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Article Publish Status: FREE
Abstract Title:

System-level investigation of anti-obesity effects and the potential pathways of Cordyceps militaris in ovariectomized rats.

Abstract Source:

BMC Complement Med Ther. 2022 May 12 ;22(1):132. Epub 2022 May 12. PMID: 35550138

Abstract Author(s):

Dongyeop Jang, Eunjoo Lee, Sullim Lee, Yongsam Kwon, Ki Sung Kang, Chang-Eop Kim, Daeyoung Kim

Article Affiliation:

Dongyeop Jang

Abstract:

BACKGROUND: Cordyceps species have been used as tonics to enhance energy, stamina, and libido in traditional Asian medicine for more than 1600 years, indicating their potential for improving reproductive hormone disorders and energy metabolic diseases. Among Cordyceps, Cordyceps militaris has been reported to prevent metabolic syndromes including obesity and benefit the reproductive hormone system, suggesting that Cordyceps militaris canalso regulate obesity induced by the menopause. We investigated the effectiveness of Cordyceps militaris extraction (CME) on menopausal obesity and its mechanisms.

METHODS: We applied an approach combining in vivo, in vitro, and in silico methods. Ovariectomized rats were administrated CME, and their body weight, area of adipocytes, liver and uterus weight, and lipid levels were measured. Next, after the exposure of MCF-7 human breast cancer cells to CME, cell proliferation and the phosphorylation of estrogen receptor and mitogen-activated protein kinases (MAPK) were measured. Finally, network pharmacological methods were applied to predict the anti-obesity mechanisms of CME.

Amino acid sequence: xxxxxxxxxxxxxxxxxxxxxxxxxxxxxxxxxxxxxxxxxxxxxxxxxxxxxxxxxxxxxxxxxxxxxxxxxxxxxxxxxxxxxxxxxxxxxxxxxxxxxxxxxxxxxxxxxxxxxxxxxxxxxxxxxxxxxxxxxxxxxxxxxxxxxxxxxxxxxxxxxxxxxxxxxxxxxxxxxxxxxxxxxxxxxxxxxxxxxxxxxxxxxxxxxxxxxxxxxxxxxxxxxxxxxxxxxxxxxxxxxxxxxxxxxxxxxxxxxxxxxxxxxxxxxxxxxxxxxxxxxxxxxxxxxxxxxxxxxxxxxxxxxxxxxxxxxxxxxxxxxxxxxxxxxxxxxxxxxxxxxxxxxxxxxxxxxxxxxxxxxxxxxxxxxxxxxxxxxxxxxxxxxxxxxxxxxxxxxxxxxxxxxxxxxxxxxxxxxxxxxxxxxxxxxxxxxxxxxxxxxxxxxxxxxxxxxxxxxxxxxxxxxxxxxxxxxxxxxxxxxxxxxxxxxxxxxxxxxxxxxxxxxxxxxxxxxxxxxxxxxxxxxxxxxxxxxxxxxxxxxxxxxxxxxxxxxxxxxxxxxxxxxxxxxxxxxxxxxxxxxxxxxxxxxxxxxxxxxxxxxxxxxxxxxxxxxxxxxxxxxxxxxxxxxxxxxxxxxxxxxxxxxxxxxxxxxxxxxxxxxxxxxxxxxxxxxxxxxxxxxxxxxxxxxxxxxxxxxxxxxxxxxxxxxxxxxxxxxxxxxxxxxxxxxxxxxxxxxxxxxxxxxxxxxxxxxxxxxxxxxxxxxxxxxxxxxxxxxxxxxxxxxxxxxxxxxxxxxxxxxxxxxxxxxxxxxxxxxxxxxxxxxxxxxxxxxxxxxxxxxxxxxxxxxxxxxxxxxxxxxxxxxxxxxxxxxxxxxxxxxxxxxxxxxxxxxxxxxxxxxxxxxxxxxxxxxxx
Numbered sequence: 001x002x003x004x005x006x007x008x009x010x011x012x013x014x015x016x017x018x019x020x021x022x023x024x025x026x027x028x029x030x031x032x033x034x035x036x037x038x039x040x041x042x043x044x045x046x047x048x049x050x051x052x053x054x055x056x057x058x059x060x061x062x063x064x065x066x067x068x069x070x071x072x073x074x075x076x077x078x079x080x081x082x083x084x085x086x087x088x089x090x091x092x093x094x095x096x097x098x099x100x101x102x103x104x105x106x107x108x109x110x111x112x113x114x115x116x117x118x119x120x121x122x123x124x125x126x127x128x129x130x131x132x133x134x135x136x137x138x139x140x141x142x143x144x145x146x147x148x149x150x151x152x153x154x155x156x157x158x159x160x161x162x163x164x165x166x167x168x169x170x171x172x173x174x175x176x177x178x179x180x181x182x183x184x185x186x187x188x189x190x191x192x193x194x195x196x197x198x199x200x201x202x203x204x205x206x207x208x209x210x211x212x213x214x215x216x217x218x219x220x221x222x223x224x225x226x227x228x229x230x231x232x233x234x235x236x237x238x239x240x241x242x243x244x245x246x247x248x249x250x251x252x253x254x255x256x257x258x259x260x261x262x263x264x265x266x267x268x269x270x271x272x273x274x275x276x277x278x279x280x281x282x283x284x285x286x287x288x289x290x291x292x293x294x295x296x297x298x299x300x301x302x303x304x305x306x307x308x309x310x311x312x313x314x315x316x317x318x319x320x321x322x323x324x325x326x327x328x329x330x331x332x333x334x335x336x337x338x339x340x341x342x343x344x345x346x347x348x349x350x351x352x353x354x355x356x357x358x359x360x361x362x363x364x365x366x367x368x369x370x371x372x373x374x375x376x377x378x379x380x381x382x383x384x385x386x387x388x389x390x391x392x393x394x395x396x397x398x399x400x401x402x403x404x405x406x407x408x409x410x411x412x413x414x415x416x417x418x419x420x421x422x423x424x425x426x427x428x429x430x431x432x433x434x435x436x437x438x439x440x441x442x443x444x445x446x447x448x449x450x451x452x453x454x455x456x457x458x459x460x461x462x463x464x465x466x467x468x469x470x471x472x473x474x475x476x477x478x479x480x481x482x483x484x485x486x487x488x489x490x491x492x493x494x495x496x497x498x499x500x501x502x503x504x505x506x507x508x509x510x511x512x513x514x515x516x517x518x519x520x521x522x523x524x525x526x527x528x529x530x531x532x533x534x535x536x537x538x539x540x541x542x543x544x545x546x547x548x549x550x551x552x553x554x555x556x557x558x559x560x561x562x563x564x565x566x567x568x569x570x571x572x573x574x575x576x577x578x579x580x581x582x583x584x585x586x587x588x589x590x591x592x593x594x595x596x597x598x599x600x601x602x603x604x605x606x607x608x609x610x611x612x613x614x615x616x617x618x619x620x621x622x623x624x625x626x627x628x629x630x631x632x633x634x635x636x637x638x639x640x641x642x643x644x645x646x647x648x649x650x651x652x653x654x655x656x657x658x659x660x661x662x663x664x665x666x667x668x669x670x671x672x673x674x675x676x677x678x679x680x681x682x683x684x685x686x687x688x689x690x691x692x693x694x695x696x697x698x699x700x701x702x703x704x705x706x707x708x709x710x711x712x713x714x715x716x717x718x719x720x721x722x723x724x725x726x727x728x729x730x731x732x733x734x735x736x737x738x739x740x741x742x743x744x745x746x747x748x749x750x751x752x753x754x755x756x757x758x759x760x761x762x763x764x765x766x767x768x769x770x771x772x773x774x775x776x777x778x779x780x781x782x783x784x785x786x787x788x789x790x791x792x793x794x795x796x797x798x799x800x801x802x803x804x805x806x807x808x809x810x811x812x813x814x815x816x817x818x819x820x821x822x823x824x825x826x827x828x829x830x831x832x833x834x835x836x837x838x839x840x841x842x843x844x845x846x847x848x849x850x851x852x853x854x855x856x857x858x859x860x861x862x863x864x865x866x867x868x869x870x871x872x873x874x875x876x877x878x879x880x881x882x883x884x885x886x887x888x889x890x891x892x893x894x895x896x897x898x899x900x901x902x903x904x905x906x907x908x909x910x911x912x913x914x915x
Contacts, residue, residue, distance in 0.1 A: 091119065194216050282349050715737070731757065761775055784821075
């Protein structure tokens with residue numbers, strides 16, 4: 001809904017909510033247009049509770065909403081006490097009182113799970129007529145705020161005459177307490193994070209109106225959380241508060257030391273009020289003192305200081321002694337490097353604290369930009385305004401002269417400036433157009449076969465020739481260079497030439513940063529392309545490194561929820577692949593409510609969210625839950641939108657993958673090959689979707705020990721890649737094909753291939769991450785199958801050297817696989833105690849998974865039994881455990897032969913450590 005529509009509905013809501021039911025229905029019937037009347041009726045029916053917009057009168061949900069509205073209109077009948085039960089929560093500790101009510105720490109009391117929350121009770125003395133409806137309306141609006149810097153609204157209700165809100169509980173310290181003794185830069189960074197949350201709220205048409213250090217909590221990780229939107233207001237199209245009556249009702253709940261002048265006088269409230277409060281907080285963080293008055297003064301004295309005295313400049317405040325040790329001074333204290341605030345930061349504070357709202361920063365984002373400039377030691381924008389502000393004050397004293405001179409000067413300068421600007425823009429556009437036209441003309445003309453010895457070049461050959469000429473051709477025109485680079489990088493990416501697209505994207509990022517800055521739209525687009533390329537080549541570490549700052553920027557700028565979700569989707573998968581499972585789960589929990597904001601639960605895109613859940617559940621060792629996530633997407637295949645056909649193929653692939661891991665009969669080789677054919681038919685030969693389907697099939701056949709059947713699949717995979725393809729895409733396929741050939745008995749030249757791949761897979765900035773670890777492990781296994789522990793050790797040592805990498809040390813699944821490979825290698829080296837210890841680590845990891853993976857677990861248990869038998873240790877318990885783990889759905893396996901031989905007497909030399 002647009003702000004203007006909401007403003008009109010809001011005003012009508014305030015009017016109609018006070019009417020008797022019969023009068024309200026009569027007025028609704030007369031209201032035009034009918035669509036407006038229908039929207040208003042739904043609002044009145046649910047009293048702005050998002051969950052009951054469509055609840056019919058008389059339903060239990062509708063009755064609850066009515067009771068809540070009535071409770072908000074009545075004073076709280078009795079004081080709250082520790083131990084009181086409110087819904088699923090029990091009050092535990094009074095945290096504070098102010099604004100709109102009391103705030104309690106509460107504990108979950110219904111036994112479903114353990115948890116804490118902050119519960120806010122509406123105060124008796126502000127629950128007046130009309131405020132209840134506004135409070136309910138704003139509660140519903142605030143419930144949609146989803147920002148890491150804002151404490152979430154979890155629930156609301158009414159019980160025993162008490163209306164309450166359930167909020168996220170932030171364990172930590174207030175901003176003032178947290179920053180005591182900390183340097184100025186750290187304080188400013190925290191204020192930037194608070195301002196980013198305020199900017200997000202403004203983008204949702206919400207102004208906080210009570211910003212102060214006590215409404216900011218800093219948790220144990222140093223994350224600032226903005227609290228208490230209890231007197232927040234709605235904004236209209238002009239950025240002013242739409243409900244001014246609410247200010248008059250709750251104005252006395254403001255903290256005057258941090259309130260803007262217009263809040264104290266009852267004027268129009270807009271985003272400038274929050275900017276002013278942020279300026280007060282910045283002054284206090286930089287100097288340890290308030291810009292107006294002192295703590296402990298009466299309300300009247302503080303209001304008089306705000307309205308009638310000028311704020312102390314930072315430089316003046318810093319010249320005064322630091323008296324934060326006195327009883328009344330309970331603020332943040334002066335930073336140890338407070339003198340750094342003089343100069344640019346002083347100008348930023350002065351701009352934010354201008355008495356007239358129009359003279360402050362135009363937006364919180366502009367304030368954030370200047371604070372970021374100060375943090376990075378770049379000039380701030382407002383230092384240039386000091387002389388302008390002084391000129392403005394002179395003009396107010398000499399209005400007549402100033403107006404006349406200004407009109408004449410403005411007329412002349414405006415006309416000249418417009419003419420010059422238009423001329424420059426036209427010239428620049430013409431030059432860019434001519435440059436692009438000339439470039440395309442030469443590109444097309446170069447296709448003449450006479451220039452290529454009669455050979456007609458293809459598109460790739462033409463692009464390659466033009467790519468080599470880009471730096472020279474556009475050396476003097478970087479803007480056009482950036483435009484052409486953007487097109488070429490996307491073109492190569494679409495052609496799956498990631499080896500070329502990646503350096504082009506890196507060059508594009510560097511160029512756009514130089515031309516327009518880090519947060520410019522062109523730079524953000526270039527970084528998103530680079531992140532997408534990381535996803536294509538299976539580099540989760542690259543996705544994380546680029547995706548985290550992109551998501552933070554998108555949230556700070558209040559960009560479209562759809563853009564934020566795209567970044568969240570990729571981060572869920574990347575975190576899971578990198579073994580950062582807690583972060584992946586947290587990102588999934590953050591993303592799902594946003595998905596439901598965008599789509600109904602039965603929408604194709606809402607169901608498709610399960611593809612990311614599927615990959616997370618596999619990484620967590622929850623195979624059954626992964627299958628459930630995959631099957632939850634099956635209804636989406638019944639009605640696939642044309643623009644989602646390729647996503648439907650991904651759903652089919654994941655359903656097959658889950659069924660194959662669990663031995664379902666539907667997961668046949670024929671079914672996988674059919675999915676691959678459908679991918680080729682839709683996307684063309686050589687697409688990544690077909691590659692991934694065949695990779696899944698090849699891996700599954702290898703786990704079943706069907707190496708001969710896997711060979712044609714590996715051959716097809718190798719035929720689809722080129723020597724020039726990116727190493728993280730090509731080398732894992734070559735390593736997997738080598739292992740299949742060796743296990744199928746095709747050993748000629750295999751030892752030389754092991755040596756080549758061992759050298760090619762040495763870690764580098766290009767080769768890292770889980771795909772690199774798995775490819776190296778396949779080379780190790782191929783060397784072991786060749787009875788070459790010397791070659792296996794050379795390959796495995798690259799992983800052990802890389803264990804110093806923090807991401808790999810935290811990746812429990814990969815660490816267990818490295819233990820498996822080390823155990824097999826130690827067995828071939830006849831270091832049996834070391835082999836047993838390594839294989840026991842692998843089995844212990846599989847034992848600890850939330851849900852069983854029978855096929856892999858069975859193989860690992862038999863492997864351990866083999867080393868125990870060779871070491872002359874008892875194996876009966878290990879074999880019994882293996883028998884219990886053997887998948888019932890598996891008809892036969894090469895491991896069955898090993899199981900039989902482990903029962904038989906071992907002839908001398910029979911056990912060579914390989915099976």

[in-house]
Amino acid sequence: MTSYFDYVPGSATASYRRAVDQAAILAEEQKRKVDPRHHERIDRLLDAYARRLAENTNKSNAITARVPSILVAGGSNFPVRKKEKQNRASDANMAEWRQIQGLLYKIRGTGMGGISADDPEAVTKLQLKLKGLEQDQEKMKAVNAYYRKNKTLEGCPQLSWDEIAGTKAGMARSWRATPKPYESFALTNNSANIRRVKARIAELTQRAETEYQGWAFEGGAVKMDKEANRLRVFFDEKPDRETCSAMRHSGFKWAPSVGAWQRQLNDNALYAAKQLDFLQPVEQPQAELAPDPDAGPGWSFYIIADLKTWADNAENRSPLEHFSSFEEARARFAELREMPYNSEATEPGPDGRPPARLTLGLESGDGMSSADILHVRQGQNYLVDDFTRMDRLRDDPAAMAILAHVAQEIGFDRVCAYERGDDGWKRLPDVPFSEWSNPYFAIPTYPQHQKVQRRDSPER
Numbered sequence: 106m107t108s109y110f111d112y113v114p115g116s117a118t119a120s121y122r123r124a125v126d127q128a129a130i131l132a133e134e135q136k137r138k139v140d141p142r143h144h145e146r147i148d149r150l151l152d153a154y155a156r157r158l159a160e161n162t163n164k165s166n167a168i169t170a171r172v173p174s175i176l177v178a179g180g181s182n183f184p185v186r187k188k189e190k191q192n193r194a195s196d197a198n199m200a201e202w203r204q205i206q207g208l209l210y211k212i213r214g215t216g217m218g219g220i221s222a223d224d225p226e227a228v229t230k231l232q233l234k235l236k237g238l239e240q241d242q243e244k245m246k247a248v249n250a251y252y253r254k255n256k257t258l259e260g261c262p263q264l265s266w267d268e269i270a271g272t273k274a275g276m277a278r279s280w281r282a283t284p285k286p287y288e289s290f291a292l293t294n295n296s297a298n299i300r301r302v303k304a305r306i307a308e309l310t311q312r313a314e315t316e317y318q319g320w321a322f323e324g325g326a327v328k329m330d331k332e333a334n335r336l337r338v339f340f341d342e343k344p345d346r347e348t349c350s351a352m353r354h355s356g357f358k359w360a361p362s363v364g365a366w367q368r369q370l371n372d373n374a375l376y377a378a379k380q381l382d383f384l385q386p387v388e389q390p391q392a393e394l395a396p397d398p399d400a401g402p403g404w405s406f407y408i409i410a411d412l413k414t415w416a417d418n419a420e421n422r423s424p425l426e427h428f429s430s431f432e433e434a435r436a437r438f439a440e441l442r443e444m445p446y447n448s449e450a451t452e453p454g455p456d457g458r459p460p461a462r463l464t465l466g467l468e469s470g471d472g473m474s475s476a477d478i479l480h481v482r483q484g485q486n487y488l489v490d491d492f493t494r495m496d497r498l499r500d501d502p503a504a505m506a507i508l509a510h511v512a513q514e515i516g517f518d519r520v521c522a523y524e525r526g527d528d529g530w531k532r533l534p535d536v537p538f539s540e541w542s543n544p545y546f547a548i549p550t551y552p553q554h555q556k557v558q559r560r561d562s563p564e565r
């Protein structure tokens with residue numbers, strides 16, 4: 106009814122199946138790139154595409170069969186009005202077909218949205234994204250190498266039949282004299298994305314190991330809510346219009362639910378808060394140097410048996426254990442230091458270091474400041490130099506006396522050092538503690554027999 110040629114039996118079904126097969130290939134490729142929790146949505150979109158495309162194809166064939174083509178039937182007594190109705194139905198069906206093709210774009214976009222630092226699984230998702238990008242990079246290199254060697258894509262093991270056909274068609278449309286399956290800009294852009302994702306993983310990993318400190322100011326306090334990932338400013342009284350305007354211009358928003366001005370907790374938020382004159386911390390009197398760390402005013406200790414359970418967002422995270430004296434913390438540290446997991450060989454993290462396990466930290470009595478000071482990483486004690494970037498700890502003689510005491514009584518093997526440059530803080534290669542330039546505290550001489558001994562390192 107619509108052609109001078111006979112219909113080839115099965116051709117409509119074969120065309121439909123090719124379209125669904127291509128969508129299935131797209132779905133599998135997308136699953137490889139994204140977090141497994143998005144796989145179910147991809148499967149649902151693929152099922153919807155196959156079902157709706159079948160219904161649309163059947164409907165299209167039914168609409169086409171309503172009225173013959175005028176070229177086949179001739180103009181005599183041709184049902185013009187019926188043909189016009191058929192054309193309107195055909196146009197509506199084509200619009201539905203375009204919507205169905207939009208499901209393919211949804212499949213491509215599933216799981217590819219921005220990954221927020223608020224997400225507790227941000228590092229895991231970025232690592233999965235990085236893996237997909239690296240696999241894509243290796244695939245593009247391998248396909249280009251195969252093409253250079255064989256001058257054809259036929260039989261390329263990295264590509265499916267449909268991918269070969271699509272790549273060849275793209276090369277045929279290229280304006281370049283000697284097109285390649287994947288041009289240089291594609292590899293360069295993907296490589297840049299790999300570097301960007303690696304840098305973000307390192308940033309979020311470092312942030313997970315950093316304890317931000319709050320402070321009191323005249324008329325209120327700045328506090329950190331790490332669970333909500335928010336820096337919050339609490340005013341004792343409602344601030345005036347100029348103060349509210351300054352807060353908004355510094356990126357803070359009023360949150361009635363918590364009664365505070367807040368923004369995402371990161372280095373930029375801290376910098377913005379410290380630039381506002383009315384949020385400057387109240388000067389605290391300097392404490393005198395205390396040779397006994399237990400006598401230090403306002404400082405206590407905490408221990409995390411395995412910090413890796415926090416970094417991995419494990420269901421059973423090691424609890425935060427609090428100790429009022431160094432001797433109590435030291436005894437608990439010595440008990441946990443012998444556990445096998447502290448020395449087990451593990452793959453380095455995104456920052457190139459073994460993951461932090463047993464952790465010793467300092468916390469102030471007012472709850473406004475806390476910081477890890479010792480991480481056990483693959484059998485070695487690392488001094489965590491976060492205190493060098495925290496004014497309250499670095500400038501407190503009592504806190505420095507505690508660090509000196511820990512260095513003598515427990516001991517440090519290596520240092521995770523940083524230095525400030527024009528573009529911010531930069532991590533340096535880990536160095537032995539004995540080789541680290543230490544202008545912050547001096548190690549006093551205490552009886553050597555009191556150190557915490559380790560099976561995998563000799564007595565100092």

RESULTS: CME prevented overweight, fat accumulation, liver hypertrophy, and lowered triglyceride levels, some of which were improved in a dose-dependent manner. In MCF-7 cell lines, CME showed not only estrogen receptor agonistic activity through an increase in cell proliferation and the phosphorylation of estrogen receptors, but also phosphorylation of extracellular-signal-regulated kinase and p38. In the network pharmacological analysis, bioactive compounds of CME such as cordycepin, adenine, and guanosine were predicted to interact with non-overlapping genes. The targeted genes were related to the insulin signaling pathway, insulin resistance, the MARK signaling pathway, the PI3K-Akt signaling pathway, and the estrogen signaling pathway.

CONCLUSIONS: These results suggest that CME has anti-obesity effects in menopause and estrogenic agonistic activity. Compounds in CME have the potential to regulate obesity-related and menopause-related pathways. This study will contribute to developing the understanding of anti-obesity effects and mechanisms of Cordyceps militaris.

Study Type : Animal Study

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